Washington — ''Indefatigable'' is one of the words often used to describe the President's chief of staff, James Baker III. But Baker, nearing the end of his 14-hour day, looked as if he would welcome a little respite as he ushered in this reporter for an interview.
After a minute or two for amenities and light conversation, the questioning got under way:
Q. Isn't the President feeling a little more heat these days, from opposition in Congress and from the press?
A. I think we are feeling a little more criticism. But we said last summer that when these budget cuts hit the street in October, we would be seeing some reaction. And we are.
The opposition from Congress was predictable when you remember what we have been able to achieve in the way of fiscal-policy reforms.
The AWACS sale was a tough one, which we recognized when we decided to go forward with it. The President knew that. Nevertheless he thought it was the right thing to do. He has been resolute, determined. And now, for the first time , it looks like it is possible that we may get it. All in all, we are not dis-couraged.
Q. Isn't it important psychologically to win on AWACS - so that it will help you do well on other issues, such as your new budget pro-posals?
A. Yes, it is always important to win the big ones so that you can continue your momentum. So far we have been able to win the big ones. But there will be a time when we will have a major legislative defeat. And we accept that. Frankly, we had earlier thought that AWACS might be the first defeat. And it still might. But we are very optimistic at this point.
Q. Has the President agreed to taking a much smaller amount of spending cuts?
A. No. He has merely agreed to take a look at an alternative whenever the Senate leaders come back with a comprehensive package saying ''this is what we suggest.''
Q. Then the stories saying that the President has agreed to accept less than half of the $13 billion in tax cuts he has proposed are incorrect?
A. That's right. And Howard Baker confirmed there had been no such agreement.
Q. Where do these stories come from? Like this one and the faulty one about the President's alleged decision to deploy and rotate 100 MX missiles in 1,000 shelters? The writers indicated that some of this information is coming out of the White House.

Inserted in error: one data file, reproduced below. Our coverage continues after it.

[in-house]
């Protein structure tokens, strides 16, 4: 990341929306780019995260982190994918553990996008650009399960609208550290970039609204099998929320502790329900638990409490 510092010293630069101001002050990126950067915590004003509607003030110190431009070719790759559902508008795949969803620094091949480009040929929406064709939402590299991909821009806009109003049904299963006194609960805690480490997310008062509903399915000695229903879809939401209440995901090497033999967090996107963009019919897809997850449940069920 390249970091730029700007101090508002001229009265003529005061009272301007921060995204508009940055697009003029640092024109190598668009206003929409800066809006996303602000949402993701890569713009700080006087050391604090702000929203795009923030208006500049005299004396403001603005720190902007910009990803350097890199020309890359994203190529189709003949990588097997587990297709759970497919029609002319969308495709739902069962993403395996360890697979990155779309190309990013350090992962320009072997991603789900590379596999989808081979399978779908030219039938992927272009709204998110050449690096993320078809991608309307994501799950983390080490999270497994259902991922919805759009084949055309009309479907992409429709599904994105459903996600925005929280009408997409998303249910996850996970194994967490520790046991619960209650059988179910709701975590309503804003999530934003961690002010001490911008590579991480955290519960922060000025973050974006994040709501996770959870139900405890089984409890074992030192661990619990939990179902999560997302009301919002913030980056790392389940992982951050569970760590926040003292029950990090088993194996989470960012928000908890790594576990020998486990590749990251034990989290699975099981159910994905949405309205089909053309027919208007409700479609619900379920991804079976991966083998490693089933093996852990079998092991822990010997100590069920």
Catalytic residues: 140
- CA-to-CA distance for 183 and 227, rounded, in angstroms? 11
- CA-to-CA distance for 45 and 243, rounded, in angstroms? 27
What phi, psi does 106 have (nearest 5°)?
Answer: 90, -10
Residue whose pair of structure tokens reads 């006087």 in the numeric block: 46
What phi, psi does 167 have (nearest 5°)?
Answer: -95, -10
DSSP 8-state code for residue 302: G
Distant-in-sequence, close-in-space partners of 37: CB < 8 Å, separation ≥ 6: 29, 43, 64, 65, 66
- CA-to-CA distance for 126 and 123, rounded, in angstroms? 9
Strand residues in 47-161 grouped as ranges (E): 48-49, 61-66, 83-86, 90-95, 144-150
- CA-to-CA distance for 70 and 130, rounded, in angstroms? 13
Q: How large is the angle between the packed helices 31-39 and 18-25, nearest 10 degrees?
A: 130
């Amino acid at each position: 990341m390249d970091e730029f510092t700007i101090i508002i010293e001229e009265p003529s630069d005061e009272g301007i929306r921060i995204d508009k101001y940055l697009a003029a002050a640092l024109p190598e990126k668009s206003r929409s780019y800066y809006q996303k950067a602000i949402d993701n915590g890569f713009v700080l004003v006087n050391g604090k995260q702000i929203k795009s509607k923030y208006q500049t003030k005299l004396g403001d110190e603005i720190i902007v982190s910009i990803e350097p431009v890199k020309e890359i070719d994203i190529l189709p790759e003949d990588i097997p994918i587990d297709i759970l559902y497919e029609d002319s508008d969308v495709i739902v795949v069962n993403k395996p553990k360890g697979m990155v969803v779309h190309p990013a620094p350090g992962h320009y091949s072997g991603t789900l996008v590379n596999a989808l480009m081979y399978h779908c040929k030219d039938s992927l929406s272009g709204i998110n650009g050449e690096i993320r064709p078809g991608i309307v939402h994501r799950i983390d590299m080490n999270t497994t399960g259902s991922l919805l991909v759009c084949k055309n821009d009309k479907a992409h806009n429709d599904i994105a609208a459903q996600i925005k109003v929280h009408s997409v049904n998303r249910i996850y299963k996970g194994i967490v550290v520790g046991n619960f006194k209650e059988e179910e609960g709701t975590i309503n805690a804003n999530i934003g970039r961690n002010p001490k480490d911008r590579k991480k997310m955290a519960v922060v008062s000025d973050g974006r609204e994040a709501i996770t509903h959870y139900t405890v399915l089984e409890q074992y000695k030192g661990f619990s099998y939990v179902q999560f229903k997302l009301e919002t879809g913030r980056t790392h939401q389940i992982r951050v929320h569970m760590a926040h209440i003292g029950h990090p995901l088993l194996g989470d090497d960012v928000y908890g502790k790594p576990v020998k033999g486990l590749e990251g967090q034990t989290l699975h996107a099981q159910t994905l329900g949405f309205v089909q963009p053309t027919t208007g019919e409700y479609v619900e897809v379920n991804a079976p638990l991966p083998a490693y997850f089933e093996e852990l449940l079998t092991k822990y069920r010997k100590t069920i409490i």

A. There are so many people involved in these decisions. And some are better informed than others. If I were the writer of one of those stories, I would want to go back and check my sources.
Q. And now this story about Haig arranging for Nixon to take that four-nation Mideast trip, without telling the White House.
A. Yes, Nixon had told Reagan about going.
Q. What about the charge that one hears about the President pretty much putting foreign policy together on an ad hoc basis - and that the President has not outlined his global foreign policy?
A. I disagree on the ad hoc charge. There has been full, detailed foreign policy planning. The President has not made a speech that says, ''This is my foreign policy.'' Laying it out like that. And there's some question whether he will.
We saw Jimmy Carter do that at Notre Dame. And he said his foreign policy was going to be built around the United States' inordinate fear of communism. And it wasn't a year or a year-and-a-half after that the Russians marched into Afghanistan. There were a few other things that occurred that made it impossible for Carter to pursue that kind of foreign policy.
The President doesn't feel you have to lay out in chapter and verse what his policy is. He feels that what you then do is limit your options. No one has a crystal ball to see two, three, four years down the road. He believes you don't have to spell out a foreign policy in order to have a foreign policy. Quite often you can be more effective if you don't do that.
Q. Is there a feud between Alexander Haig and Richard Allen?
A. There have been differences of opinion. But those are not infrequent in incoming administrations, and I really think we've pretty much put those behind us.
Q. Is Haig, indeed, being put on a short rein by the President?
A. No. Haig runs foreign policy in this administration. He formulates it, and he is the chief spokesman. And the President relies on him.
Q. Isn't it true, though, that Weinberger has the President's ear more than Haig?
A. If I were a betting man I would bet you a substantial sum of money that the secretary of state talks more to the President than the secretary of defense does.
Q. Isn't it a bit unusual that the secretary of defense should be permitted to speak out as freely as he does on foreign affairs?
A. I don't know that he does. The line between what is a defense and what is a foreign affairs matter is not a clear one. And in all administrations there have been difficulties in ascertaining just where that line is. The important thing is that both State and Defense speak out with one voice. And we try to coordinate over here to see to it that uniformity is maintained.